Imagine it’s movie night and your feline friend starts cuddling up next to you to keep you company.
Or, is she just trying to get a taste of that delicious popcorn in your lap?
But is popcorn even safe for cats?
Can Cats Have Popcorn?
They can, but they probably shouldn’t. Eating popcorn isn’t likely to pose any trouble to your cat. However, there are certain risks to take into consideration before letting your cat scoop up loose kernels off the floor.
Is Popcorn Safe for Cats?
Popcorn isn’t inherently toxic or harmful to cats of any age or breed. However, that doesn’t mean that you should frequently feed Mr. Whiskers kernels of popcorn. But, theoretically, popcorn that has been popped using an air fryer and that has had no flavorings or salt added is okay for cats to eat in moderation. But, let’s be honest, how many of us eat popcorn that way? Where’s the butter? The salt?
What Are Some Health Benefits of Popcorn?
For you and I, if unsalted and unflavored, popcorn can deliver a variety of health benefits to humans. Popcorn is so nutritious, in fact, that it has been designated as a whole grain food. This low-calorie snack is incredibly fibrous and is chock-full of essential nutrients and vitamins including B1, B3, B6 and minerals like zinc, magnesium, and potassium.
Additionally, due to their low water content, popcorn kernels are uniquely rich in polyphenol antioxidants which have been linked to improving circulation, helping digestive issues, and reducing the risk of prostate and breast cancer. But, a cat is not a human, so these benefits don’t necessarily follow!
What Are Some Risks of Feeding Popcorn to Cats?
There are many reasons to be cautious about feeding your cat popcorn. The first has to do with your cat’s weight. While we may think of popcorn as a low-calorie snack, it’s a different story for cats. Cats need far fewer daily calories than we do, which means eating too much of this “low-calorie” snack can actually contribute to our whiskered pal gaining weight.
Cats aren’t even really supposed to eat carbs anyway – they’re obligate carnivores. That means they should try and eat as few carbohydrates and grains (like corn kernels) as possible in their daily diet. Cats who eat too many carbs may develop digestive issues such as diarrhea and vomiting.
Plus, like dogs, cats should avoid eating too much salt. Otherwise, they can develop a potentially life-threatening condition known as sodium poisoning, or salt poisoning. Popcorn can also contain hydrogenated oil which can cause a variety of symptoms, eventually leading to fatty liver.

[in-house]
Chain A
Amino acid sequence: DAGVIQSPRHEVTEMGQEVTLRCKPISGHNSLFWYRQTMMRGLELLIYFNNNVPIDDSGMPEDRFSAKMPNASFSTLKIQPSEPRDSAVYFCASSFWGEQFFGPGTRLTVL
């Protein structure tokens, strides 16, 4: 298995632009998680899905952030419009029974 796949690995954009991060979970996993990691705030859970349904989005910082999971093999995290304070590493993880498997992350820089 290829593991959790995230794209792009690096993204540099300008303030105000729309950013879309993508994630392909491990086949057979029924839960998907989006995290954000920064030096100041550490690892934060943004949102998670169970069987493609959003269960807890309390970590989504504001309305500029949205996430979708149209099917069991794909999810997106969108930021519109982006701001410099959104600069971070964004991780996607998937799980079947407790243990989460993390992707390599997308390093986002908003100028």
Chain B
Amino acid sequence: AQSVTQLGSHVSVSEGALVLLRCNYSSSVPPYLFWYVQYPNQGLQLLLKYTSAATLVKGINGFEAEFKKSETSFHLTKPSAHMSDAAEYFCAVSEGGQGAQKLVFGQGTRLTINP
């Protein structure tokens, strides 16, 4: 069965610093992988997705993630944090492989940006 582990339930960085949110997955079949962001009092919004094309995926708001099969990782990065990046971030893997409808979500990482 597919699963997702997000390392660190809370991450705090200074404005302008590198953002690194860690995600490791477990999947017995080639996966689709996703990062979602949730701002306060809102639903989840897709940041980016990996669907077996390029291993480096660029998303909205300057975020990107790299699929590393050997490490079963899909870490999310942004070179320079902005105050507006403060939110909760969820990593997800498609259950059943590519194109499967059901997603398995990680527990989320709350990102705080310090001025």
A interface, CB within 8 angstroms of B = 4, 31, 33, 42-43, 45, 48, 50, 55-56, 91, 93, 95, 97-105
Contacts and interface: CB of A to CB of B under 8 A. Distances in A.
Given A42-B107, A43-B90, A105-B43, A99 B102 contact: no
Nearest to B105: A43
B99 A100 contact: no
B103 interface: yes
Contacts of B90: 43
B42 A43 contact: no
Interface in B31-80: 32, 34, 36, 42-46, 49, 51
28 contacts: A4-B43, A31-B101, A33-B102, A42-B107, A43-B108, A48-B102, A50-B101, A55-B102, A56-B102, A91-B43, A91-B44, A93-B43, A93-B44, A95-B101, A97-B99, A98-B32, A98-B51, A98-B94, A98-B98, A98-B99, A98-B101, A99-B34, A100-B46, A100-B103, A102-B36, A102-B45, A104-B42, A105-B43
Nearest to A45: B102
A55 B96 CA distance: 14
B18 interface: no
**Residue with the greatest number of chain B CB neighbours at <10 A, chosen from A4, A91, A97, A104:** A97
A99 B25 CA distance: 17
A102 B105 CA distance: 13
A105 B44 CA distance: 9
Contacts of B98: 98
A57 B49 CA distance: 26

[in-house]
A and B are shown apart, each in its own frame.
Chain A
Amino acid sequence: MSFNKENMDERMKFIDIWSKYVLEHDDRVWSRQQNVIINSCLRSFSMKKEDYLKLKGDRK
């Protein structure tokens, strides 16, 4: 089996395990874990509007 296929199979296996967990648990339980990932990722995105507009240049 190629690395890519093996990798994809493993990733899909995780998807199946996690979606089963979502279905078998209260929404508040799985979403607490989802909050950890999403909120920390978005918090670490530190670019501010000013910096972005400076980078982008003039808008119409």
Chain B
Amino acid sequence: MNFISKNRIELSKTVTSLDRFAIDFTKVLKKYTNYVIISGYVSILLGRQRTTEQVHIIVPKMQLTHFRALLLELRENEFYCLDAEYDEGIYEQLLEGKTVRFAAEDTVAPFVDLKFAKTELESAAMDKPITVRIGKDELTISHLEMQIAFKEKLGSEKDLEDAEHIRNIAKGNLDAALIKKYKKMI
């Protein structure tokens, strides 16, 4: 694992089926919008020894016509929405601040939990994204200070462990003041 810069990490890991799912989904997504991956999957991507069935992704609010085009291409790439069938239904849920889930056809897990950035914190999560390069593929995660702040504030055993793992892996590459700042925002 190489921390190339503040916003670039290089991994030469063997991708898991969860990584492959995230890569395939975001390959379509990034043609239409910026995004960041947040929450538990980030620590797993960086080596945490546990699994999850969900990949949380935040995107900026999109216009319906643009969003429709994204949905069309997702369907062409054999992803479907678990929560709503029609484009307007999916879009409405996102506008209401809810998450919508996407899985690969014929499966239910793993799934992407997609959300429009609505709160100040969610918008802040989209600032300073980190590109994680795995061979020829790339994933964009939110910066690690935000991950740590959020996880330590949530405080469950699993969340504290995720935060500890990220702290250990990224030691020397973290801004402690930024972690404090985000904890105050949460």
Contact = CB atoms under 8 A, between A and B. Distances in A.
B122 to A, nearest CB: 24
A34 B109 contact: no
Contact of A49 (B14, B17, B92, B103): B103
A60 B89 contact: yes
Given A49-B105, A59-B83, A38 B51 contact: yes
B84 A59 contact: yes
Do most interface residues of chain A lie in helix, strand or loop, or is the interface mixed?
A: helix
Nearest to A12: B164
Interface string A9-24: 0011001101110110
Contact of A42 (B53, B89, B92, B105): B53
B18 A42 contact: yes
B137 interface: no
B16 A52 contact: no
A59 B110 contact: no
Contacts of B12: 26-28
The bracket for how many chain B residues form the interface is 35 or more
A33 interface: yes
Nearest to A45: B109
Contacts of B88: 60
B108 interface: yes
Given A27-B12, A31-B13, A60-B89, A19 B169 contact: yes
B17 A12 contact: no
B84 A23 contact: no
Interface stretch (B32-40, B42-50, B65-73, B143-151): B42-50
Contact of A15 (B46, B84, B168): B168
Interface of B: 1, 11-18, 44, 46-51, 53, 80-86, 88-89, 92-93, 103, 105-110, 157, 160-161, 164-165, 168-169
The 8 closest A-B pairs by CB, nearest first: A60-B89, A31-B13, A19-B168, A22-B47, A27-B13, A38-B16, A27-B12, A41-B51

Unfortunately, the prepackaged, microwavable varieties found in grocery stores also contain significant amounts of perfluorooctanoic acid, which has been linked to ADHD and thyroid problems in humans. The large quantity of artificial butter, while certainly delicious, also poses a potential issue. Artificial butter is flavored using the chemical compound named diacetyl which has been shown to cause lung disease in animals if they breathe it in.
Lastly, the kernels can pose a serious choking hazard, especially for kittens. If you’re going to feed your cat popcorn, make sure it’s a fully popped piece. If you notice your cat having trouble swallowing, grab a water dish and get your cat to take sips to dislodge any stuck pieces of kernel.
How to Get Your Cat to Stop Eating Popcorn
Some cats feel enchanted by the rich smell of popcorn, others are just compelled to seek out any food that’s nearby. Regardless, sometimes we slip up and our cats get to a few kernels of popcorn here and there.
Two of the simplest solutions for you to adopt in order to stop your cat from eating popcorn are:
- Covering the snack when you leave the room, and
- Never giving in to your cat’s demands.
No matter how convincing they are or how loud they’re yowling, just remember: eating popcorn isn’t good for your cat and that you shouldn’t give it to them.
Okay…just one more bite.
We hope you found this article helpful and if your dog ever gets any cuts, abrasions, ear infections or ringworm, we hope you keep Banixx Pet Care in mind. For more information on how to keep your cat happy and healthy, visit our cat page.